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Anyone from Montreal area, I have a question.

March 18th, 2007, 05:50 PM
I am a British Columbian, born and raised. I currently live in Victoria. My partner is from Montreal and has been here about 5 years now. I am currently finishing up my BSN degree and will be a registered RN very soon. I think all the provinces except Ontario and Quebec are on the same registration for nurses but we have our own unions etc...
My partner is dying to move back home and can't handle this super laid back town, lack of seasons weather... the list goes on about BC. I am willing to attempt to relocate myself towards the east in 4 or 5 years or so.
I speak NO french and only had up to grade 11 french in highschool, which is a bit of a joke if you are thinking in terms of being able to communicate with actual french speaking people. My partner is 100% billingual so can try to help me out with my learning. But I NEED to be very billingual both written and spoken in order to be a nurse in Quebec.
Are there any sort of language programs offered for newcomers? I need something very very focused and intensive. What could I do while I am still out here in BC to start the process? Maybe I am just a lost cause.

March 18th, 2007, 06:35 PM
There are lots of programs to choose from. I can't believe he wants to come back. I lived in BC for 20 years, came back, nowcan't wait to go back. Anyway There is a shotage of nurses in MOntreal. A friend of mine also had minimal french. The hospital wanted to keep her and actually had someone teach her and help her pass the test. The school boards have adult education where they offer french courses. I know of the Lester B. Pearson School Board, and the Greater Montreal English School board to start with. Good luck.
By the way my husband is from the west coast and he came back here without any french. He finds the classes at the Lester B. school board pretty good.

March 18th, 2007, 06:37 PM
lol , are you kidding?! The provincial government does everything it can to get newcomers to speak French.:D You can do courses pretty well anywhere, either at university or other sort of colleges. Or you could just have conversations here with Frenchy and Meb.:D

You should be bilingual to be a nurse, but I'm sure there are some places that are mostly English speaking (I'm thinking more like retirement communities) that you could work at while you're learning. :shrug:

March 18th, 2007, 06:49 PM
There was a story back a few years ago where two nurses who had been working here failed the French exam and had to stop working until they could. Shortage or not if you are not fluent in the official language you are unlikely to get a job in a hospital. There are of course other places to work as a nurse where you would not have to write an exam. For example nursing homes and private individuals.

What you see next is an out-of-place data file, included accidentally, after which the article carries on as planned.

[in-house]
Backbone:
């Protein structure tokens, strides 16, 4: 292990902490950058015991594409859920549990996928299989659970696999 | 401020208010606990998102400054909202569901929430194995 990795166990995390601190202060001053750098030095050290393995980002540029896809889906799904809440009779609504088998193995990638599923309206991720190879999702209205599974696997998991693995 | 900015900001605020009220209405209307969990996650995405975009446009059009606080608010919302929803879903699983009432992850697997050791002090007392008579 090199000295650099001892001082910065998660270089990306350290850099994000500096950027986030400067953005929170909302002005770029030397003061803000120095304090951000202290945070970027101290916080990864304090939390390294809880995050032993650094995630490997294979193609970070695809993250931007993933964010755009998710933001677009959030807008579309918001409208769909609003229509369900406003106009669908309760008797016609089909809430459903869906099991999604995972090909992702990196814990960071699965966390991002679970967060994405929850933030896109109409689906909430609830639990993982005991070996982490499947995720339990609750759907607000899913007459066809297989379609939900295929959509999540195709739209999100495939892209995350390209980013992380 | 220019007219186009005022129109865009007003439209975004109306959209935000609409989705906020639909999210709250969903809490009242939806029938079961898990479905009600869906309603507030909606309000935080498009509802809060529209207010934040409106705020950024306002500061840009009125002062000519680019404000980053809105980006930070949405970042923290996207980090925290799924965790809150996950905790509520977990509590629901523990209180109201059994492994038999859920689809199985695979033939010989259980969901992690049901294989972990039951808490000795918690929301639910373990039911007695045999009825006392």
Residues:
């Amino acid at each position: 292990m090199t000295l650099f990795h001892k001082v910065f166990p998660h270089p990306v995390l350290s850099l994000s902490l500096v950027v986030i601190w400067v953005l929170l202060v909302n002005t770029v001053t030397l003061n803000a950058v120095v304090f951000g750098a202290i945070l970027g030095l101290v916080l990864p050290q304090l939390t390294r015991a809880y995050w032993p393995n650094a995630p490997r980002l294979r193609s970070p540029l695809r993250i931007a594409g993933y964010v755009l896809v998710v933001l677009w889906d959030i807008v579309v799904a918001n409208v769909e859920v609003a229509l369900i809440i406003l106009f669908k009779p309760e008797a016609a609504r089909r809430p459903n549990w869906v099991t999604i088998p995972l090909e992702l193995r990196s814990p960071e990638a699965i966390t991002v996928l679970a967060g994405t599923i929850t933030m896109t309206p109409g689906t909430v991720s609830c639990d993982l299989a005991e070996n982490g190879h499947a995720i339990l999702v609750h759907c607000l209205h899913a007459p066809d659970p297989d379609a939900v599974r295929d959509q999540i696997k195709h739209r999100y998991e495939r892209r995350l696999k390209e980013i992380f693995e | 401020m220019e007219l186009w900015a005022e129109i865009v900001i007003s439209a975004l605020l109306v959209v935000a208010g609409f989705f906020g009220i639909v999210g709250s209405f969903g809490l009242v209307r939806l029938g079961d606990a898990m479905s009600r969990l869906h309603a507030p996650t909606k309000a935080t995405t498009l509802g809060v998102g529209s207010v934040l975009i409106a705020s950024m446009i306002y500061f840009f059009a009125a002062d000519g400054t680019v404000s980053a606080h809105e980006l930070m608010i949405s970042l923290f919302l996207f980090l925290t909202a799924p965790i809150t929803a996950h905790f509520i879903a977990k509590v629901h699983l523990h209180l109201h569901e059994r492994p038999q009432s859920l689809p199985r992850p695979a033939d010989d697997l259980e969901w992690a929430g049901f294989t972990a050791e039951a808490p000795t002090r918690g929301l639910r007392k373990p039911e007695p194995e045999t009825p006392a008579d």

There are all kinds of places to learn the language but it is not an easy language to learn and will take time. If you are only planning on moving in 4 or 5 years you may want to start now.

March 18th, 2007, 07:17 PM
Or you could buy a depanneur, no need to speak french nor english :D

March 18th, 2007, 09:03 PM
Call the Alliance franÁaise (250) 385-9330 and ask if they give classes. I can tell you they beat anything else I have found hands down. The classes are generally in the evening - 2 or 3 hours once a week - and focus on speaking, writing and reading all at once, which I think is the best approach, each one reinforces the others. It is fairly demanding (tests, homework, etc.) but if you get a good teacher and have the motivation, you will definitely benefit.

Frenchy - ha ha!!

March 19th, 2007, 05:59 AM
Or you could by a depanneur, no need to speak french nor english :D

This is so true. :laughing: :laughing: :laughing: :laughing: :laughing:

March 19th, 2007, 07:32 AM
Or you could by a depanneur, no need to speak french nor english :D

Zipping my lip frenchy.....:laughing: :D

March 19th, 2007, 07:40 AM
When we first came to Canada,hubby used to teach French at Berlitz,but mostly to government people,a very intense quick way to learn French,but rather expensive..
If you already have the groundwork from high-school it should be easier.

marsupial mama
March 19th, 2007, 08:45 AM
I was going to suggest Alliance Francaise too. They have places here (GTA) so they may be in BC as well. At the very least there must be conversational French etc in night school.

French isn;t so hard, especially if you have the basics from high school. Arabic or Chinese on the other hand...!! :laughing:

Good luck with the learning. Going there and being "immersed" wll really bring on your language skills.

March 19th, 2007, 03:55 PM
Yeah, latin languages are easier than others to learn because you know the basics already. It's just about rearranging the words and adding accents.:D